Two weeks of anti-foreigner violence in South Africa have highlighted the growing disconnect between a public impatient for change and a governing party that claims a divine right to rule. Although there is little prospect of the African National Congress (ANC) losing next year's elections, genuine signs of anger have emerged during the crisis.
The South African government came under pressure on Monday to deal with the aftermath of deadly anti-foreigner violence that has displaced an estimated 35Â 000 people. As thousands headed for the borders, a growing humanitarian crisis was developing domestically with crowds of foreigners sheltering at police stations.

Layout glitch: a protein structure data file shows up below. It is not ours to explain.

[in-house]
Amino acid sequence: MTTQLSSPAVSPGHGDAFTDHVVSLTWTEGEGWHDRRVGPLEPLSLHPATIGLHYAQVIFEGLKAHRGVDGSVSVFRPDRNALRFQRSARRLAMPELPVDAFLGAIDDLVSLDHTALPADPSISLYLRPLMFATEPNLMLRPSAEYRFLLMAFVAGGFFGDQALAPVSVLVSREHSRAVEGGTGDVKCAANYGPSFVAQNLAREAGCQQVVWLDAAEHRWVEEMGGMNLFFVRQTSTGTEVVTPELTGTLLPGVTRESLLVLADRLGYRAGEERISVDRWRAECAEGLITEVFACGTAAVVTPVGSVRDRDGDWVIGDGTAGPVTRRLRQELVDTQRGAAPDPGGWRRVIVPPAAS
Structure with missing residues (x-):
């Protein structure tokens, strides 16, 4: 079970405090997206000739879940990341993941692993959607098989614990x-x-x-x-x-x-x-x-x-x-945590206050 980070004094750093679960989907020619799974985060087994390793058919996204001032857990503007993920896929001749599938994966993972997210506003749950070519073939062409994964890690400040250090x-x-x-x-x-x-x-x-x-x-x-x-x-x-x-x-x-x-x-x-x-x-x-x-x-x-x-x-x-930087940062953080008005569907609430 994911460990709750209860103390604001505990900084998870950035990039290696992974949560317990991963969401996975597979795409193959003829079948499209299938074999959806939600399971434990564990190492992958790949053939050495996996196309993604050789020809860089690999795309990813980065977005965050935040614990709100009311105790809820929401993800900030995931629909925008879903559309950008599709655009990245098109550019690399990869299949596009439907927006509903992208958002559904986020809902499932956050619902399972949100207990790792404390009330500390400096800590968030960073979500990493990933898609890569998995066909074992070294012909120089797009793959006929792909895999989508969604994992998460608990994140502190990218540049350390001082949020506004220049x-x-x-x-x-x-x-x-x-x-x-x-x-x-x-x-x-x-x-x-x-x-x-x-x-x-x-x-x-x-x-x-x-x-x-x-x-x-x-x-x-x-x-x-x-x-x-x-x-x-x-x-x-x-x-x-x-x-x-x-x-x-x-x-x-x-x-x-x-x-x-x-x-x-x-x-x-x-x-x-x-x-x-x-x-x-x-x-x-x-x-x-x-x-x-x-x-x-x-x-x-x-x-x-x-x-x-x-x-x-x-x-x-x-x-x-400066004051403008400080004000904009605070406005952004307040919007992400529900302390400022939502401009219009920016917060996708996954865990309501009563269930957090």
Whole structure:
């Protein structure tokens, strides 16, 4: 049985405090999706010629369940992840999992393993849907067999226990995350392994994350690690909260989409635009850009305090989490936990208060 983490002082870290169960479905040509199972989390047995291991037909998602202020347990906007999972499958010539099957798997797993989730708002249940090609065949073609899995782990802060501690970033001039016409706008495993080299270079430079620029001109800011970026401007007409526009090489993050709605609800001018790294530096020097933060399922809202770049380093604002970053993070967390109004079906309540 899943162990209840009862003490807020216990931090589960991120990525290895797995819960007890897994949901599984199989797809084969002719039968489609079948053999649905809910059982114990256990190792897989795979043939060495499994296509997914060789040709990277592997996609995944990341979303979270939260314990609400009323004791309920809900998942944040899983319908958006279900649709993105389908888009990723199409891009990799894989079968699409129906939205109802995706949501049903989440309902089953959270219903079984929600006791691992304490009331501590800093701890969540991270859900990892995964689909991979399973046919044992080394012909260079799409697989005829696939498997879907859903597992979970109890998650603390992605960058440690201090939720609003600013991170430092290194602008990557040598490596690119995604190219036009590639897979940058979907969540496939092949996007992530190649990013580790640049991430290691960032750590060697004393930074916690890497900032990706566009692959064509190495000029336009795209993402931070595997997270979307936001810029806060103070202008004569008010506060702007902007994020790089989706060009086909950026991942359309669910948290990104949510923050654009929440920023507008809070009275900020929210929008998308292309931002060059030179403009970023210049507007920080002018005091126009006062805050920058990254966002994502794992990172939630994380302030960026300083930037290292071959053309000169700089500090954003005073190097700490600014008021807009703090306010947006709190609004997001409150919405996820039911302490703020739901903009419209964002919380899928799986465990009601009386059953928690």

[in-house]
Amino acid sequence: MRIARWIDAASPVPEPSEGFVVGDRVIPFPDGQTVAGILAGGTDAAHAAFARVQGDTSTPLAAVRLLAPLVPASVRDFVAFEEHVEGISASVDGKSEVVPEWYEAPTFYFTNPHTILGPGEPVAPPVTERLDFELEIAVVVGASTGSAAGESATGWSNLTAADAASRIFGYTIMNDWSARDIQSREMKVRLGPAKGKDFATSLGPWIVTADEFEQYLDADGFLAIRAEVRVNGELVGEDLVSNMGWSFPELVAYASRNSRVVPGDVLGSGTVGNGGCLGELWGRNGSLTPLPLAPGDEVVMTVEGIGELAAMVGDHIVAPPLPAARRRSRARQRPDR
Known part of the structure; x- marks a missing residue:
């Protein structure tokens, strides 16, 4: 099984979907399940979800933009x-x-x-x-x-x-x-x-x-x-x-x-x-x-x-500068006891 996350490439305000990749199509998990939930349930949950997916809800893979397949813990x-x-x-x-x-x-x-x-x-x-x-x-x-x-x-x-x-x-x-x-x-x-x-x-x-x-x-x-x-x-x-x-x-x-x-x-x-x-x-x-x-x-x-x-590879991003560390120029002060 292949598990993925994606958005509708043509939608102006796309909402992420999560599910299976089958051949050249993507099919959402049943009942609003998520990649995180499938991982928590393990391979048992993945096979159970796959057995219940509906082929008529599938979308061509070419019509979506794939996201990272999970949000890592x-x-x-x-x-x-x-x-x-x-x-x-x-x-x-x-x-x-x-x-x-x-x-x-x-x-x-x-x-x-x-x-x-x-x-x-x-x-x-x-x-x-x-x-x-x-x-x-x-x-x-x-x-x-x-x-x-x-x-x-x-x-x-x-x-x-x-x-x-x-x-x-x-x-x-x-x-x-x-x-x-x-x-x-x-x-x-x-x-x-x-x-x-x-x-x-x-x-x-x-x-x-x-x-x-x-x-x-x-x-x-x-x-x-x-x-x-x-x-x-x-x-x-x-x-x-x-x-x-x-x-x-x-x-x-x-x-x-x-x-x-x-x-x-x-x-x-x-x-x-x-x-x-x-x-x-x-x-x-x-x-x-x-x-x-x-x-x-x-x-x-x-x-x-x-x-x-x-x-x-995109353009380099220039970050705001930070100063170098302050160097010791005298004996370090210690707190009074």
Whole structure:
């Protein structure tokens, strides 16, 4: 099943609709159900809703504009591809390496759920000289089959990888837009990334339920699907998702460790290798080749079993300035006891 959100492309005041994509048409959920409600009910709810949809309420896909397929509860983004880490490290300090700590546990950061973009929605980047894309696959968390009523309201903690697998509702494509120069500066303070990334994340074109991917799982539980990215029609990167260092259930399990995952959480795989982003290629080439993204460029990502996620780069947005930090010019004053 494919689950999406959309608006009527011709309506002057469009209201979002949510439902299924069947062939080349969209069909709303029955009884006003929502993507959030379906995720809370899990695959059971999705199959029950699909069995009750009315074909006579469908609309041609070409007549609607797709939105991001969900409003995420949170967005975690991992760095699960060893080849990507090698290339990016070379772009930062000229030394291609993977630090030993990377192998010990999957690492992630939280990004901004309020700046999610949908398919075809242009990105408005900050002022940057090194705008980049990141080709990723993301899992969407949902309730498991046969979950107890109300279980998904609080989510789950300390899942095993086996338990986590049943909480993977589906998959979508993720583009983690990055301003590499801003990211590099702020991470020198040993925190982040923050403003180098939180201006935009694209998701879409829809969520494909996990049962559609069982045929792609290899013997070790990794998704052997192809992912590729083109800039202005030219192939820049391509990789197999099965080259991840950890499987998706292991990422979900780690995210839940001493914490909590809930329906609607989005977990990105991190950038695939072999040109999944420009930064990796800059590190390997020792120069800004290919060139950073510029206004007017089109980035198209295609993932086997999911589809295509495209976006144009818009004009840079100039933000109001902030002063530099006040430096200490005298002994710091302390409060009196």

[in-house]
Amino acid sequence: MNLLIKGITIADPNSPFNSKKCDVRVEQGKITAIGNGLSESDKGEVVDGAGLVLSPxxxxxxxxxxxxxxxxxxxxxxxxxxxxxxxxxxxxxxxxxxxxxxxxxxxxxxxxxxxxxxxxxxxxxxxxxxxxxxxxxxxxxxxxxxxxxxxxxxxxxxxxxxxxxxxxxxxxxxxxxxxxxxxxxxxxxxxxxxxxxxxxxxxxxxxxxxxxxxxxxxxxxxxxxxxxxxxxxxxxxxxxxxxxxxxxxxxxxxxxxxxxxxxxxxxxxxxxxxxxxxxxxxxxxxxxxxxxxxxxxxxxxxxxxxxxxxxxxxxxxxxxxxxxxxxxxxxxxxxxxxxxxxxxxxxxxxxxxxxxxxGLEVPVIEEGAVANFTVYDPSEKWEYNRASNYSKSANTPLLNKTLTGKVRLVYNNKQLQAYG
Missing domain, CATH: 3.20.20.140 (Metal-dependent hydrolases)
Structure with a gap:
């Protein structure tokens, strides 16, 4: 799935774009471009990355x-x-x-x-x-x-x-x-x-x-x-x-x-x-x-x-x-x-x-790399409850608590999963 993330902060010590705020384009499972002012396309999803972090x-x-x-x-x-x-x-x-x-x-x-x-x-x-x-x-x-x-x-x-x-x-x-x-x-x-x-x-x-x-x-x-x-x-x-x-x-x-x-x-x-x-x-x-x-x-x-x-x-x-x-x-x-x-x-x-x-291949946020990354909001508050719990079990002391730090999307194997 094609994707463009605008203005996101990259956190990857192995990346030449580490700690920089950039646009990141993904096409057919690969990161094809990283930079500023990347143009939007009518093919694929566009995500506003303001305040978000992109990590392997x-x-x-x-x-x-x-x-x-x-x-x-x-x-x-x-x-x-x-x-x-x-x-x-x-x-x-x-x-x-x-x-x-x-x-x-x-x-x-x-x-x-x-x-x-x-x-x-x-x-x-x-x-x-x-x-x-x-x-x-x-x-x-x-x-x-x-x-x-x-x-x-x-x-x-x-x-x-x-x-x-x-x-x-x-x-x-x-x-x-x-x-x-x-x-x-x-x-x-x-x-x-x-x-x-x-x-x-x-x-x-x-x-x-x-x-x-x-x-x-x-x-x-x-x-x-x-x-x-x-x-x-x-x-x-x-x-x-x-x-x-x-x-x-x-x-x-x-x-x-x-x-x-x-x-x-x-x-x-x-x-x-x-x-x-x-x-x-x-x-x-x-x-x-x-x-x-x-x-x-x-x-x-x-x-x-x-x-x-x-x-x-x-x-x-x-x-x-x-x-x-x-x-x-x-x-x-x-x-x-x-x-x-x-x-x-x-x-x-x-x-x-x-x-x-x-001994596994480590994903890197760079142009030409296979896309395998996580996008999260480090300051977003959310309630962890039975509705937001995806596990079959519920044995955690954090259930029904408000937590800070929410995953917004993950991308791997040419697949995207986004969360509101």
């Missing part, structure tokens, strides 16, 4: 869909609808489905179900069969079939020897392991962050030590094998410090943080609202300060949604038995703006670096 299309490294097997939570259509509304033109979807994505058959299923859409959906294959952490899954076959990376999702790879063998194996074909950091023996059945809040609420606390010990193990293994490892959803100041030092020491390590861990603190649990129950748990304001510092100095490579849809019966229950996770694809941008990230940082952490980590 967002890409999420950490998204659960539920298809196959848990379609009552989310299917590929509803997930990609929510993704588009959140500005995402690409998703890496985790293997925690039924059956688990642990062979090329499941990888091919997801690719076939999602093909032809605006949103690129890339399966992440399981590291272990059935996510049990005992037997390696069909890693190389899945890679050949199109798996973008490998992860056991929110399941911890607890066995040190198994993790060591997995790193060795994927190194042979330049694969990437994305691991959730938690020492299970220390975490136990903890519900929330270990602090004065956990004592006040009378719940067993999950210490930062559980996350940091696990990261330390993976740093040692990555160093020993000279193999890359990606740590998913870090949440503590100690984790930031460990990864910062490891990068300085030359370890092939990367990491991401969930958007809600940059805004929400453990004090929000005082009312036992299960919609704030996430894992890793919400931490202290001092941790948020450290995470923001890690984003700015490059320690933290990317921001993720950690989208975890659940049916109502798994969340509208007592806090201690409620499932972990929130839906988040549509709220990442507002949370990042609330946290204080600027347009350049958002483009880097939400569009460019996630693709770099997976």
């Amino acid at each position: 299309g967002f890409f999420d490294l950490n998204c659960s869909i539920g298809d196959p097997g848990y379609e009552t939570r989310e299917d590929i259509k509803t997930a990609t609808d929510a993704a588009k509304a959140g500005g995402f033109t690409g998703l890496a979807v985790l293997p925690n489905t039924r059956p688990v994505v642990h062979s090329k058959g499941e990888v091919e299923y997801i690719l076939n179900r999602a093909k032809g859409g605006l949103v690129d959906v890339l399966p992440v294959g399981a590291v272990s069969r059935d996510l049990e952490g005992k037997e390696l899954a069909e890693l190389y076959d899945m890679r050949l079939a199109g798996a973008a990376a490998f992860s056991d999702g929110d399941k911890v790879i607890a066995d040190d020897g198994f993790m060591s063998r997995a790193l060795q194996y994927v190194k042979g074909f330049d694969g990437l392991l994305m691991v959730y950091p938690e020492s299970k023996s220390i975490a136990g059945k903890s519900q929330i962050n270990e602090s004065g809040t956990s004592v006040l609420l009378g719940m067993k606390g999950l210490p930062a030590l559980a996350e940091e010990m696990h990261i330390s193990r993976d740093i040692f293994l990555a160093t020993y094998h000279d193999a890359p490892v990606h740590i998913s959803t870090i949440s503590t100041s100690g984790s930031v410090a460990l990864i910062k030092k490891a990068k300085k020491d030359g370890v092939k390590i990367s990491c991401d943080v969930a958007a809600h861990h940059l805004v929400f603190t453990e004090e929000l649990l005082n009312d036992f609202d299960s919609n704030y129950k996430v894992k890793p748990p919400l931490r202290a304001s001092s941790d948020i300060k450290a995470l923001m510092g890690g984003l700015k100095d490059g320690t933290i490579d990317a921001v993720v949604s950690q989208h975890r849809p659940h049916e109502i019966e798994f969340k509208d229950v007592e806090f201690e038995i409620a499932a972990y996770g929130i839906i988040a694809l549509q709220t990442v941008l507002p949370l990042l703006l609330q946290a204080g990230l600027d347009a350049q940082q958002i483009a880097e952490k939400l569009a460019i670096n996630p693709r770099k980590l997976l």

Opposition parties on Monday lambasted the government for its handling of xenophobic violence in parts of the country, and even called for the army to be deployed. Mobs roaming through poor townships around Johannesburg have killed and beaten up immigrants over the past week, with Zimbabweans and others reporting purges by armed locals.